NPM: How To Install A Specific Version of A Package

NPM How To Install A Specific Version of A Package

The Node Package Manager (npm) is the default package management utility for Node.js packages or modules. You can use it to install and manage versions of dependencies in your projects.

It’s possible to use npm to install a specific version of a package and save your project from breaking due to introducing incompatible updates.

This blog talks about how to install a particular Node.js package version via npm. It covers the following topics:

How To Install A Specific Version Of A Package

You can use the npm install command to download and install a package on your development environment.  

Here is an example:

By default, the npm install command fetches the latest available version of the specified package—in this case, it’s Renovate version 24.52.1, as of the time of this writing. Renovate is a resourceful package that allows you to automate your dependency updates. 

However, what if the latest version causes some breaking changes to your application, or you just need a different version for any other reason?

In such cases, installing an exact package version could best suit your needs. You can simply specify the version using the @ syntax. 

Here’s the command to run for npm install specific version:

  npm install [package-name]@[version-number]

 

The above command will install the particular package version you want, alongside any packages that it depends on. 

For example, to install a specific version of Renovate, you can run the following command:

  npm install renovate@20.5.1

 

Or, you can use the shortened version of the command:

  npm i renovate@20.5.1

 

The above command will install Renovate version 20.5.1 locally. 

Here is an example:

 

If you want to install it globally, you can simply add the -g (short for –global) flag:

  npm install -g renovate@20.5.1

 

How To Know Package Versions Available

If you want to know the exact version of a package to install, you can simply search for it on the npm public registry database

Or, you can simply run the following command to check the available versions on the npm registry:

  npm view [package-name] versions

 

If you want to know the specific latest version of a package available on the npm registry, run the following command:

  npm view [package-name] version

 

For example, here is how you can check the latest version of the Renovate package:

 

How To Know The Specific Version of An Installed Package

If you want to see a tree-structured list of all your locally installed packages, including their dependencies, run the following command:

  npm list

 

Or, its shortened version:

  npm ls

 

Here is an example:

Of course, you can just go to the package-lock.json file, but manually checking the packages’ versions will involve some visual scanning.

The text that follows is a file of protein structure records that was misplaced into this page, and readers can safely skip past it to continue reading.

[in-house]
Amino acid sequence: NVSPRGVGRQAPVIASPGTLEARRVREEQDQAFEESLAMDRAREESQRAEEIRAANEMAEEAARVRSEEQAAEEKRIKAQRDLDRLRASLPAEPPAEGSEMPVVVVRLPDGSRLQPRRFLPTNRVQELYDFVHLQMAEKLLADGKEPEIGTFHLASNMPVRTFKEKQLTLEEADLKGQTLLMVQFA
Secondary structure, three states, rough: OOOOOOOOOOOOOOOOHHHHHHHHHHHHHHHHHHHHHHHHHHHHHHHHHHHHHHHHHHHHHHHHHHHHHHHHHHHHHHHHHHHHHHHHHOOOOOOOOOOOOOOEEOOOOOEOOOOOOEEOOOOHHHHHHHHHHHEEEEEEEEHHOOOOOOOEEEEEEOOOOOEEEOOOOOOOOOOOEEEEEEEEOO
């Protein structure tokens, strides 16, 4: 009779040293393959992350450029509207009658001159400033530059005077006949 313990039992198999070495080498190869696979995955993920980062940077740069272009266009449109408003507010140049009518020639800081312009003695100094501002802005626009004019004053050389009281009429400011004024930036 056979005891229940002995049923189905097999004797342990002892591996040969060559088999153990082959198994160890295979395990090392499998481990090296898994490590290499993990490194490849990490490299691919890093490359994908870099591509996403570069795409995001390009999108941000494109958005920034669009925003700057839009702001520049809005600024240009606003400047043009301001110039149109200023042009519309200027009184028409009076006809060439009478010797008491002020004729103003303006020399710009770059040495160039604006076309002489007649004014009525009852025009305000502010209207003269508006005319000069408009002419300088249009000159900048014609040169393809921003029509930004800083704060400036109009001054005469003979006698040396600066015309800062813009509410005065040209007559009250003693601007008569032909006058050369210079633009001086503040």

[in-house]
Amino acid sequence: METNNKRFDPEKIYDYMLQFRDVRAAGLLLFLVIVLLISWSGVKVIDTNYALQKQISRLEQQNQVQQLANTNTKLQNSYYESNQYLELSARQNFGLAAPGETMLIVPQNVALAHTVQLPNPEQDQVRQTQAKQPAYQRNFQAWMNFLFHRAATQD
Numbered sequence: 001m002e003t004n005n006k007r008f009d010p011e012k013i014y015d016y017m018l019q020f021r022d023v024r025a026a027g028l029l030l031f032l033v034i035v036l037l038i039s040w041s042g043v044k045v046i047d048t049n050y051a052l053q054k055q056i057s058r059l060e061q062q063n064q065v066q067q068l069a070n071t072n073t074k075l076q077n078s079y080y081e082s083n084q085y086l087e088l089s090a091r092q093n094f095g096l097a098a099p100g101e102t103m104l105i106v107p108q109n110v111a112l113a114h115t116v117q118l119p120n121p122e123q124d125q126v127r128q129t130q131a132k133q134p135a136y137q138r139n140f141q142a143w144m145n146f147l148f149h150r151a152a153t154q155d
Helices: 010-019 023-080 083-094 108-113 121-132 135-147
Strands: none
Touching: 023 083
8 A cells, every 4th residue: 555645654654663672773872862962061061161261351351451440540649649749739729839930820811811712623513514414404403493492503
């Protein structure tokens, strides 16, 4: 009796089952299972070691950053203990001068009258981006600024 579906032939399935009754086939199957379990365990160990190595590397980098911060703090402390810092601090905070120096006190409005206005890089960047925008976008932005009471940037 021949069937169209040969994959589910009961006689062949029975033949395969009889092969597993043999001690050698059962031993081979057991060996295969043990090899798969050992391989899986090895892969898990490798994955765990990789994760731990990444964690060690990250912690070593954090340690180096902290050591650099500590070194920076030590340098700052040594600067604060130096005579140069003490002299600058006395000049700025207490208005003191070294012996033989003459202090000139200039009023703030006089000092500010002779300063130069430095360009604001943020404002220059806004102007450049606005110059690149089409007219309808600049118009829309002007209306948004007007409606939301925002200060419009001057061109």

If you want to display all installed top-level packages without their dependencies, add the –depth=0 flag. The flag is used to limit the depth of the dependency tree that can be displayed.

Here is an example:

If you want to check globally installed packages, just add the -g (short for –global) flag:

  npm list -g

 

If you want to know the specific latest version of an installed package, just specify its name.

  npm list [package-name]

 

Here is an example:

 

How To Install An Older Version Of An NPM Package

You may want to install an older version of an npm package for any reason, such as to resolve compatibility issues or bugs. 

To downgrade to a particular older version, just specify it using the @ syntax. It’s the same process as installing a specific version of a package, as was described previously.

Here is the syntax:

  npm install [package-name]@[version-number]

 

How To Use Semantic Versioning To Specify Install Versions

Semantic Versioning Specification (SemVer) is a set of convention rules that npm follows to stipulate how packages are versioned. Every package version has three numbers, such as 24.42.1, representing major.minor.patch versions, respectively.

npm allows you to use SemVer to specify the package version to install. You can use a caret (^) character to specify the latest minor version to install or a tilde (~) character to specify the latest patch version to install. 

For example, if you do not know the specific minor version of the package to install, you can prefix the version number with a caret:

The above command fetched the highest minor version of the package, under 20.x.x., which turned out to be 20.25.8. 

Also, if you want to keep your packages up-to-date with the latest security patches, but you do not know the latest version in that range, you can prefix the version number with a tilde:

The above command fetched the latest patched version of the package, under 23.14.x., which turned out to be 23.14.5.

 

Summary

  • For npm install specific version, use npm install [package-name]@[version-number].
  • Use npm view [package-name] version to know the specific latest version of a package available on the npm registry.
  • Use npm list [package-name] to know the specific latest version of an installed package.
  • Use npm install [package-name]@[version-number] to install an older version of a package. 
  • Prefix a version number with a caret (^) or a tilde (~) to specify to install the latest minor or patch version, respectively. 

Alfrick Opidi / About Author

Alfrick is an experienced full-stack web developer with a deep interest in taking technical information and converting it into easy to understand content. See him as a technology enthusiast who explores the latest developments in the industry and presents them in a relatable, concise, and decipherable manner.

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2 Responses

  1. Yu Needame says:

    Thanks!

  2. Faith says:

    Helpful. Thanks

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